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Way of thinking to improve your health

Published March 22. 2014 09:00AM

Call me a health and fitness columnist if you like, but a more accurate term may be a health and fitness conduit a means by which health and fitness information is transmitted.

Sometimes I pass along relevant research, adding my point of view about it or a potential way to employ it. Other times I simply experiment on myself and report the results.

Today's column is the second kind and will serve as the lead-in to next week's column, one which could aid all sorts of people.

Those feeling the lingering effects from serious injuries. Those having aches and pains associated with aging. Even those suffering from the assorted minor maladies brought on by the work environment, stiff necks, tight backs, sore shoulders, and even stress-related migraines.

To set the stage for that info, you need to know I'm a firm believer in negative visualization, a mental process first employed by the Stoics in ancient Greece. In fact, I used it for years before I ever knew who invented it or what to call it.

Negative visualization allows you to be grateful for the simple things and satisfied with what you have despite living in a society that teaches you never to be satisfied and to want more and more and more. To do so, you simply seriously consider a worse scenario than your present one.

I did so in April of 2009 when I broke my leg in a bicycle race. Talk about a bad break, both figuratively and literally.

Not only did my right hip hit the road with such force that it created a fracture that ran nearly the entire length of my right femur, but it also occurred in a big-time bicycle race, one I had wanted to win for years and one where I had a seemingly insurmountable 55-second lead with less than two miles to go. Worse, the injury interrupted an unbelievable string of early-season success. That win would've been my third in four races, and in the other race I finished second.

Yet as I rehabilitated the leg in the weeks and months afterwards, I never really got depressed or felt life was unfair. Sure, I recognized the terrible timing of the injury, but most of my focus fell on how the crash could've been worse.

As a result, I felt lucky that the crash (the result of a defective tire and not poor bike-handling skills, by the way) occurred in the final 90-degree turn rather than the next serpentine one that lead to a single-lane bridge. There, I could've slammed into the metal pipes serving as an odd guard rail or slid underneath them and dropped into a rocky creek bed.

I also felt lucky that the crash occurred on a single-man breakaway. In the middle of a pack, who knows what other injuries I would've sustained and created for other cyclists when they crashed into me as I lay on the road?

But the thought that almost made me giddy with gratitude was how lucky I was to have had the tire that rolled off the rim and locked up the back wheel pile drive my hip into the macadam. I know reading that phrasing sounds ridiculous, but consider what could've happened if my skull would've slammed into the macadam with the same force.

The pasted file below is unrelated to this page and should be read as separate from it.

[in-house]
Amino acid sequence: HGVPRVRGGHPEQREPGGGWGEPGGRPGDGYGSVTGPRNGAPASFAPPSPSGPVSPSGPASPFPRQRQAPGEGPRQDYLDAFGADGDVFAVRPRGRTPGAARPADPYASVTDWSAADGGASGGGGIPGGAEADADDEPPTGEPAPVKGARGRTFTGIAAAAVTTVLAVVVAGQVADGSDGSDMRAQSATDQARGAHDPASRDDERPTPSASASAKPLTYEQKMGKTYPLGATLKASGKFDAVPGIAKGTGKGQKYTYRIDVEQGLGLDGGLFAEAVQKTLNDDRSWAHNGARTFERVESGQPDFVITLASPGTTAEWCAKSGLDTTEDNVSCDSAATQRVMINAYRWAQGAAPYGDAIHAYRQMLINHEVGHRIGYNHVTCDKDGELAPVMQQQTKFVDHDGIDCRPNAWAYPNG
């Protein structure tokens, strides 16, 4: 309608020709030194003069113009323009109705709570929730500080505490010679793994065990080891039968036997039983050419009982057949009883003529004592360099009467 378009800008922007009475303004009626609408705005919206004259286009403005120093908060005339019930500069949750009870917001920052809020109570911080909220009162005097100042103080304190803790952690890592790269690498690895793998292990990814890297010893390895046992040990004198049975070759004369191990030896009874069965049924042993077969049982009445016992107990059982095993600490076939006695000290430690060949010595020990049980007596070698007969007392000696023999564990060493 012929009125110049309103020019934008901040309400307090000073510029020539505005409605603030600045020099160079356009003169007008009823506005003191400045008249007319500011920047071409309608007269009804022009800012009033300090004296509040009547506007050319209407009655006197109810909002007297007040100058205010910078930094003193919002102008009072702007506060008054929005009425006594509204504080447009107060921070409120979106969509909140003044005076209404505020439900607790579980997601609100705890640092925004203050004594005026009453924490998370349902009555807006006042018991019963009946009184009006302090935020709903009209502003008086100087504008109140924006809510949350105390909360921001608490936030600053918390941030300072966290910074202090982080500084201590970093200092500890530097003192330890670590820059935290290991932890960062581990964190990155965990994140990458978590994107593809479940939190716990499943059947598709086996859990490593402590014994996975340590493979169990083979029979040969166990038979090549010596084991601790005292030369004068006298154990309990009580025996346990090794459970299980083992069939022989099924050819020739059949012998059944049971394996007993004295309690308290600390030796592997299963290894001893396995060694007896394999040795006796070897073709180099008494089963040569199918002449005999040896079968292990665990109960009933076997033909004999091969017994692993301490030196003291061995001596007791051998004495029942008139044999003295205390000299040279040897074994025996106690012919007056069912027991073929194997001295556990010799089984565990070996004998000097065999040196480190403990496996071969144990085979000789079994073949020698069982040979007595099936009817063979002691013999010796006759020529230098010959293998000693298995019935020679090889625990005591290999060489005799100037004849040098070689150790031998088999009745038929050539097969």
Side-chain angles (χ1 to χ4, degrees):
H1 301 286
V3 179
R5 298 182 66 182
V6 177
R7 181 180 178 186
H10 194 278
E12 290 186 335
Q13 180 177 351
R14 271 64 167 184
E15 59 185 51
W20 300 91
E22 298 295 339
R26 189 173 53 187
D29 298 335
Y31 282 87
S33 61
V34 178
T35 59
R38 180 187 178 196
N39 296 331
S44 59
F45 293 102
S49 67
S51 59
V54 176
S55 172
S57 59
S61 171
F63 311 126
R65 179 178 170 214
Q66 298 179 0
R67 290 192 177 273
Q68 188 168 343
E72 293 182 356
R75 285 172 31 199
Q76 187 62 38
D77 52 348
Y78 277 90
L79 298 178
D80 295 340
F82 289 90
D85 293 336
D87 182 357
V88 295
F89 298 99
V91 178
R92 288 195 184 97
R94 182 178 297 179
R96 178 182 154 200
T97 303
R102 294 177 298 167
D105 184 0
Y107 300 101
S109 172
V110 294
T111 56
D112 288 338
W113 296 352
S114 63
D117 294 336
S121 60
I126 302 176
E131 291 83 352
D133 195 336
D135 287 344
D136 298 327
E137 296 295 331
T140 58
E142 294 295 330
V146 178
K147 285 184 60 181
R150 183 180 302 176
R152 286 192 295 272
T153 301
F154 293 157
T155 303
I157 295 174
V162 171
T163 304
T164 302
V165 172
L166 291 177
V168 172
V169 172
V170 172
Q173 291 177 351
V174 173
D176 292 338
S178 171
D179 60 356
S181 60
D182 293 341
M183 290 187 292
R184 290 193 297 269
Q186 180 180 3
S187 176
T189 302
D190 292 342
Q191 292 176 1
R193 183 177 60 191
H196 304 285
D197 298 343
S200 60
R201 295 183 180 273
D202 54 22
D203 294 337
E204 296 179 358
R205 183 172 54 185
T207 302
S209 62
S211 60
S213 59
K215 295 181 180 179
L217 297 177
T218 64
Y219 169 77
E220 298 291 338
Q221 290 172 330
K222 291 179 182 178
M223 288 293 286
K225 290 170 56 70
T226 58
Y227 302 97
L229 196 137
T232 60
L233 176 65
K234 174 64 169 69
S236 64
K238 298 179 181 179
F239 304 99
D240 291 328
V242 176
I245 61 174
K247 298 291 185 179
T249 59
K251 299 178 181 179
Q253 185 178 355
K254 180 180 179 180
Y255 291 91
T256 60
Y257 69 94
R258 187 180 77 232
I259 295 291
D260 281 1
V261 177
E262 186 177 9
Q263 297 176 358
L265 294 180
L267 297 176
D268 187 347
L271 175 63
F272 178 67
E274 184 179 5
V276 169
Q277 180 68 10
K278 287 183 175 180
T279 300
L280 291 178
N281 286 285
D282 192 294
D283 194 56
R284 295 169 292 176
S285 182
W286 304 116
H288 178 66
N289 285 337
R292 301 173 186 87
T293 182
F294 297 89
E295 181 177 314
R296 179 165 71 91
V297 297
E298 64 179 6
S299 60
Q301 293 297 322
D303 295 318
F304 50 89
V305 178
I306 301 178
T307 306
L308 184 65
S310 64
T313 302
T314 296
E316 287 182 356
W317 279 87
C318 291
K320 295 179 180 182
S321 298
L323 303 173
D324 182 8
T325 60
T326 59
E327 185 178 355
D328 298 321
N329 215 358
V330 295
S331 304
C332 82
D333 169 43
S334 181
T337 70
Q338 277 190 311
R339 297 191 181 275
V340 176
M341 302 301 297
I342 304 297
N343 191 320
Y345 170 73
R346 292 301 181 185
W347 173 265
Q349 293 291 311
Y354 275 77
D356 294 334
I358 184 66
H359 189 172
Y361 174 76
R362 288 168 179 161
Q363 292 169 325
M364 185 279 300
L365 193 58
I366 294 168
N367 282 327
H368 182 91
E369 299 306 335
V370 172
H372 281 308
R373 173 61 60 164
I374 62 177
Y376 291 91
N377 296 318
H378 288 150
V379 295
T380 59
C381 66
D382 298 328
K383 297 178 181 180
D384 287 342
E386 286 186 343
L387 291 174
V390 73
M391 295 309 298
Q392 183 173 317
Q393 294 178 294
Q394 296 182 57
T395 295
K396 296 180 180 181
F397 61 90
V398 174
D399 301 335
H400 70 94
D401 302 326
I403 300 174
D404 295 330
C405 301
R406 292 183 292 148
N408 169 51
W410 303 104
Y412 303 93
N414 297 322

A badly broken leg is certainly preferable to paralysis or death.

Now can you see why I consider myself lucky? Besides, if I had figured out how to train and eat and rest to allow me to race as well as I had been racing before the crash, I reasoned, why couldn't I do it again?

But when I made that my goal, I lost my bearings a bit. While I still was cognizant that the crash could've been worse and grateful that it wasn't, I saw the return of that razor-sharp racing condition as something I was owed. When I struggled to regain that form because of the off-and-on pain resulting from the two titanium rods and the three metal screws now in my right leg and the subsequent scar tissue produced from cutting the glutes and quads to fit the hardware in there riding became a chore.

But I soldiered on and finally did recapture that form, winning four consecutive races late in the 2012 season.

After that, I felt fully recovered and found it easy to train hard that off-season. Then Hurricane Sandy hit, leaving debris all over the roads. That next weekend I crashed into another rider who had gone down when debris wedged between his fork and front wheel.

As I rode the 25 miles home with a broken collarbone, a pain developed in my crotch. It increased but I dismissed it, figuring I just whacked the bike's seat tube as I hit the ground.

Dismissing the discomfort was dumb.

Three weeks later, when I was still struggling up stairs and using both hands to lift my leg into my car, I returned to my sports doctor and learned I had a fractured pelvis.

I had ridden for those three weeks with the broken collarbone by sitting upright on a spin bike, an activity that allowed me to keep something far more important than fitness.

My sanity.

For during this time, you see, my father not only underwent surgery to remove melanoma from his back, but he also had open-heart surgery.

Riding that spin bike despite the pain in my crotch had been my escape.

Unfortunately when you ride for weeks with one injury, you tend to create different ones and different pain. In next week's column you'll learn about the product that eventually caused the problems and the pain to abate.

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